Water Droplet photography tutorial.
I’ve always wanted to capture water droplets as I find the uniqueness of the shapes fascinating.
When I first started out in photography back in 2011, I tried capturing several shots of water droplets and had great fun experimenting and learning.
My set up back then was on a budget and apart from the camera equipment, I used d.i.y material sourced from around the house and the local stationary store.
This guide will show you ‘step by step’ what I used to take the water droplet photos I have posted.
Step 1: camera settings
In order to take sharp macro shots with your dslr, especially of water droplets , you will need to have a dedicated macro lens. A cheaper option would be to buy a close up lens or use extension tubes for your existing lens.
You will also need at least one, off camera flash unit, this can be a TTL compatible flash or any 3rd party flash used on manual mode, with a wireless remote trigger and shutter release cable (i use a £20 2nd hand flash – set to ‘manual’ mode )
I also experimented with the cameras WB to change the colour range in some shots.
Nikon D5000 dslr camera (you can use any camera that allows you to change aperture and shutter speed)
Tamron 90mm Macro lens (try macro functions, extension tubes if you do not have a dedicated macro lens)
Off camera Flash x 1 (if you have more use them but for basic images like what I have taken here 1 is enough)
3 x Wireless remote trigger (you could use the flash sync mode, camera timer or ttl if this option is not for you)
1 x mini tripod (mine is like a gorillapod but doesnt have a name and was alot cheaper £8.99)
1 x 5in1 reflector (mine is 22″ £4.99 )
Step 2: Equipment for diy studio set up
1x step ladders (anywhere/anything else a bag of water can be suspended from – possibly a door frame)
1 x glass pyrex kitchen cooking bowl (£2.99)
1 x black clipboard (£0.69)
1 x pack of neon paper (£0.50)
1 x pack of holographic paper (£0.50)you will also need a container or bag for the water to drop out of and something to seal the bag withWhat I am using:
1 x fold over sandwich bag (pack of 50 £0.50)
2 x stationary clips (pack of 12 (£0.69)
1 x Badge or safety pin (£0.10)
Step 3: Setting up the equipment
Place the glass bowl underneath the ladders and place the black clip board behind the glass bowl – Now place your flash to the side of the glass bowl and facing the clip board, position your camera (not shown in these clips) on the tripod approx 12″ away from where the water droplet should fall
The black clipboard can hold any background paper or card you wish to use and will change the colours of your water droplet pictures – try different designs and textures for some amazing images through the water.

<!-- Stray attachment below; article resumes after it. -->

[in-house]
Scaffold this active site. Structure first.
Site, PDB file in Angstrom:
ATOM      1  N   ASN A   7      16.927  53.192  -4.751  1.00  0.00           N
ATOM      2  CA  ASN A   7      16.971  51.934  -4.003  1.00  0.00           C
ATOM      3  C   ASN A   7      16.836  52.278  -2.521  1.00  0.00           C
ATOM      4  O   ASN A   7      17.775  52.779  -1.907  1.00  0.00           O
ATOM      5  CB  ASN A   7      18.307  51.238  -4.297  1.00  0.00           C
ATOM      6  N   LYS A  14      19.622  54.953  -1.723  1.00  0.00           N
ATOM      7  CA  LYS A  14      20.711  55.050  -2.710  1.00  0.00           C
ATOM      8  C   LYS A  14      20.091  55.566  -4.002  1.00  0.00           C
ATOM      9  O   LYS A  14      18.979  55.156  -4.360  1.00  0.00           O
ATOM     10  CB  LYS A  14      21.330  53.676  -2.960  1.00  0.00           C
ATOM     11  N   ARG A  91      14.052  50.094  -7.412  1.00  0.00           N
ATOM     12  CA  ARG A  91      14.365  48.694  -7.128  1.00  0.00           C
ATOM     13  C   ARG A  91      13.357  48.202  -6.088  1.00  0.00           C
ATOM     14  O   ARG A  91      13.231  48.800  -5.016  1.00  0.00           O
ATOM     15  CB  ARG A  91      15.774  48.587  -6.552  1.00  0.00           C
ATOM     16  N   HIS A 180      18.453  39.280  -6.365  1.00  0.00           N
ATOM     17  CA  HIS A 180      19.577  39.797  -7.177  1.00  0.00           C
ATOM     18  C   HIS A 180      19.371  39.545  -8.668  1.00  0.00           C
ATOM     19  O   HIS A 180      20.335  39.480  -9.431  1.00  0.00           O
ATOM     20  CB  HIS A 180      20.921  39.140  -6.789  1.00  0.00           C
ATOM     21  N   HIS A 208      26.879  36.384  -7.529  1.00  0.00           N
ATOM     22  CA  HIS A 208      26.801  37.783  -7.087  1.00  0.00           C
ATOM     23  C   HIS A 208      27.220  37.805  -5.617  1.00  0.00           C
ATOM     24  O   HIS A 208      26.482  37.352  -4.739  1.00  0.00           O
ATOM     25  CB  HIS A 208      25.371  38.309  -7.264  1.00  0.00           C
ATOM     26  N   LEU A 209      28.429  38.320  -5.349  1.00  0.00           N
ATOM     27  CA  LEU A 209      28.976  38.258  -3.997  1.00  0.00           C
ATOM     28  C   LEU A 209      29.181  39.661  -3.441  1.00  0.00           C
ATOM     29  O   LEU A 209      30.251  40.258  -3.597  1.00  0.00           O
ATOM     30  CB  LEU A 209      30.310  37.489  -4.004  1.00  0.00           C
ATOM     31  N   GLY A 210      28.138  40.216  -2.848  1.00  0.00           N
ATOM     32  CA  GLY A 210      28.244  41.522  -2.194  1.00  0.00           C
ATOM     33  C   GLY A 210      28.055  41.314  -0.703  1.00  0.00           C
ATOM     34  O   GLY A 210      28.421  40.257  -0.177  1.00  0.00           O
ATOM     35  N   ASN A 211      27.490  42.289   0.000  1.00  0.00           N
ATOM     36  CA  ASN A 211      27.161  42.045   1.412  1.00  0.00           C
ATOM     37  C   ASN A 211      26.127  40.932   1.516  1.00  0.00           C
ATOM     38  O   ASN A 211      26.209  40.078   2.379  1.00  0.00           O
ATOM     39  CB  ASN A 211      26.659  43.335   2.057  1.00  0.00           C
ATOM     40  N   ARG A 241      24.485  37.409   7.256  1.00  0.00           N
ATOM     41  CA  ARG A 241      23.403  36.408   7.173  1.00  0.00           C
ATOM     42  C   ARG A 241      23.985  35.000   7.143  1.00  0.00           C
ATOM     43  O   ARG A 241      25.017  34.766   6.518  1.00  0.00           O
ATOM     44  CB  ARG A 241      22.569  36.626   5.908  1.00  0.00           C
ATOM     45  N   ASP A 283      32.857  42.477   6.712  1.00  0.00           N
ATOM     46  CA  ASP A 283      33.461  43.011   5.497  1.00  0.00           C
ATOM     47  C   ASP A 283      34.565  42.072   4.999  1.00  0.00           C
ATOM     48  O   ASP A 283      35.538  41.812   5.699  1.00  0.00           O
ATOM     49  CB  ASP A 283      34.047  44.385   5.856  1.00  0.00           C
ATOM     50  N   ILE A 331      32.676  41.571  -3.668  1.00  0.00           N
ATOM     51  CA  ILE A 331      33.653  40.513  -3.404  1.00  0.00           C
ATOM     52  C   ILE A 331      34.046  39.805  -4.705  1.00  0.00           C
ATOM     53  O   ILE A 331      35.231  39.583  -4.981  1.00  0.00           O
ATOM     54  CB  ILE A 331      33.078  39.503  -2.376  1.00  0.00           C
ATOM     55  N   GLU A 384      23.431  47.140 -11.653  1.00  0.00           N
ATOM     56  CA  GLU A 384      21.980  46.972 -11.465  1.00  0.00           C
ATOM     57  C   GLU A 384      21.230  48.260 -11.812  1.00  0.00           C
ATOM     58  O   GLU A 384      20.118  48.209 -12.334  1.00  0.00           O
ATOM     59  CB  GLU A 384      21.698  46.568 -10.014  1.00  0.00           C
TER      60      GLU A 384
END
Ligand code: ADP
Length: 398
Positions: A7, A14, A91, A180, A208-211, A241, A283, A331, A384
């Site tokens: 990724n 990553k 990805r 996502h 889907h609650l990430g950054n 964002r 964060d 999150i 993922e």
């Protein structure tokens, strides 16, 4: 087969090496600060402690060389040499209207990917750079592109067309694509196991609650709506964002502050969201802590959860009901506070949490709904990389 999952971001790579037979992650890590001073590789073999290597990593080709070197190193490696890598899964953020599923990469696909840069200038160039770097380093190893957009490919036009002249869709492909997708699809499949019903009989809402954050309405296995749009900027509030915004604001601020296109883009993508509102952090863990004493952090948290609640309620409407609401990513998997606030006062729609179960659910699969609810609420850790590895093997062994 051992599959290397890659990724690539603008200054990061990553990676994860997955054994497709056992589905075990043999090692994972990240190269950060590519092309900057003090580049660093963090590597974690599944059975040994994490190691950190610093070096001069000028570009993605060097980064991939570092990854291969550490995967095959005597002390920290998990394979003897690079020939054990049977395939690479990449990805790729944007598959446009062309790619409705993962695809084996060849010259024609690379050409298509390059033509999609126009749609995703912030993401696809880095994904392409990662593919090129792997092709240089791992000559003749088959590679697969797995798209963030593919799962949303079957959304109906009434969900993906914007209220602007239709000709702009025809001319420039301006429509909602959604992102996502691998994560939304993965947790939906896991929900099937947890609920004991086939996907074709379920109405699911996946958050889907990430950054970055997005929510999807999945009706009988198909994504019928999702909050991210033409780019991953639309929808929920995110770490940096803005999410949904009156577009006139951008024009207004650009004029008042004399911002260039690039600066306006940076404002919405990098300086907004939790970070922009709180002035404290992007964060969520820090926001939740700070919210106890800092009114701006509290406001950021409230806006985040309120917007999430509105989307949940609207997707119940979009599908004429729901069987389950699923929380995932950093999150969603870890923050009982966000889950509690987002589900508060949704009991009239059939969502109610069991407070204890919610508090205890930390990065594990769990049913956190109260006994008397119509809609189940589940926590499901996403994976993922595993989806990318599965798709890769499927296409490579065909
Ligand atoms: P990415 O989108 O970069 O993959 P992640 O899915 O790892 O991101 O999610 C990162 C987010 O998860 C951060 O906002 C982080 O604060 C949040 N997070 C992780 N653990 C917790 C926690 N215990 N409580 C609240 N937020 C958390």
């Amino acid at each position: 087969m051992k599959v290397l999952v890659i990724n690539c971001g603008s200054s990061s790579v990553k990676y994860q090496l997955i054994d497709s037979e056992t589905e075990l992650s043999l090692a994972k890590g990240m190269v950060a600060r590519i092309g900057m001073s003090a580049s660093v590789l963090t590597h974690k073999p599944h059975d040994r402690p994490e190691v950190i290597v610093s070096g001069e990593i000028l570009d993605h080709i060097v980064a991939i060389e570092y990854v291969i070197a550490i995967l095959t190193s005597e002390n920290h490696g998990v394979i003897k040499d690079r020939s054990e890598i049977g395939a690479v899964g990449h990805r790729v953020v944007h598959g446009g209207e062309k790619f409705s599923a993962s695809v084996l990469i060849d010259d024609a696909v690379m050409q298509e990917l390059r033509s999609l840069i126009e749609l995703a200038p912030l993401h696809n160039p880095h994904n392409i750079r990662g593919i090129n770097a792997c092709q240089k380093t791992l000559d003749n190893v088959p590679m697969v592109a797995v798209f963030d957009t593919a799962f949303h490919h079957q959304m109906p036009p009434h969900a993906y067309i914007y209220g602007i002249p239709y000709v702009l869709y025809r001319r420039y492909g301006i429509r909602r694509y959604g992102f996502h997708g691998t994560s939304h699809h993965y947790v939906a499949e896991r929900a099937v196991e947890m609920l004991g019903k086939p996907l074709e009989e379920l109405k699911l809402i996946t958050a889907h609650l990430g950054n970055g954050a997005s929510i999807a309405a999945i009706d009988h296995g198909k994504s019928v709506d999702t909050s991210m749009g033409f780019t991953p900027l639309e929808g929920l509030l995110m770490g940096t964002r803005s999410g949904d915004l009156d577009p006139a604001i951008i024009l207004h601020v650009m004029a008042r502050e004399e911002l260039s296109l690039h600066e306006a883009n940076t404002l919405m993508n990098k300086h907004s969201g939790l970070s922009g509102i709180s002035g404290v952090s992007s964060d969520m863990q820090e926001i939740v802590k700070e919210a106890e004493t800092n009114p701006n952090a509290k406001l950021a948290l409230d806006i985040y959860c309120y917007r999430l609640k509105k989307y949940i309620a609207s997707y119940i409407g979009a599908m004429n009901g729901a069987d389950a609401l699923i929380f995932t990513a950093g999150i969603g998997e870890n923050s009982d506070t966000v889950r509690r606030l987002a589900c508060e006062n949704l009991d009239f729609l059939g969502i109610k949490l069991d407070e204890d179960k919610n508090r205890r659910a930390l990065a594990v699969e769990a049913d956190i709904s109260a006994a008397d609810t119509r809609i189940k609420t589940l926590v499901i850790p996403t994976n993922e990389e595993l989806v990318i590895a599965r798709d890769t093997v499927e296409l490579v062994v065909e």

You can also try using a reflector as a background and bouncing the flash off the reflector for more colour ranges in your droplets. Or try placing different coloured card underneath the glass dish – (for my droplet images I used black card under the glass bowl.
Once you have set up your equipment, its now time to be a big kid again and play & experiment with water Yeay 🙂
Just make sure you have a towel or cloth ready to wipe up any splashes – remember camera’s and water –do NOT mix !!!!
Step 4: Preparing the water for the droplets
seal the bag – or fold over like the bag i used for my photos
Clip the two stationary clips to the top of the bag so it is secure (or use sticky tape or masking tape)Attach the bag to the underneath of the ladder using the clips to secure, if your ladder doesnt have anywhere for the clips to attach you could also try using some garden wire to attach the clips to the ladder.
Step 5: Releasing the droplet
Step 6: Focus where the droplet will be landing
I used a serrated edged knife to focus my lens, approx 2cm above the point at which the droplet hits the water in the bowl. – if you dont have a knife or you want to use something safer, you can also use a ball point pen or ruler to focus the camera on the spot at which you want to capture the detail like shown below.
Another handy tip is to point a torch at the spot when you are focusing on the knife/pen as this helps your eyes get a sharp focus
Step 7: Start clicking and capture your perfect water droplet
The rest is down to timing and personal preference – count how long your droplets take to hit the water, press your remote trigger or set the timer for the moments after the droplet hits the surface of the water – remember a droplet performs a crown a stalk and then an orb if the water is deep enough.
- Take lots of shots, dslr cameras can cope with this – have fun learning what the droplets do with the rate of flow
- The water in the bag lasts for about half and hour before the droplets slow down
- Remember to use a shutter release cable a wireless remote trigger or the timer on your camera to take the shots, this avoids camera shake and gives you a clearer shot
- Also experiment with different backgrounds and droplet heights for more effects
- Try changing the power and the angle of the flash and also try the flash hand held – for different lighting effects –
Step 8: last words
The possibilities are endless – just let your imagination run away with you and enjoy capturing the uniqueness of water drops
An update to my water droplet system
Since getting my dslr camera I have now upgraded to an automated system and below are a selection of some of the images that can be achieved with the Cognisy Stopshot that I now use to create my images.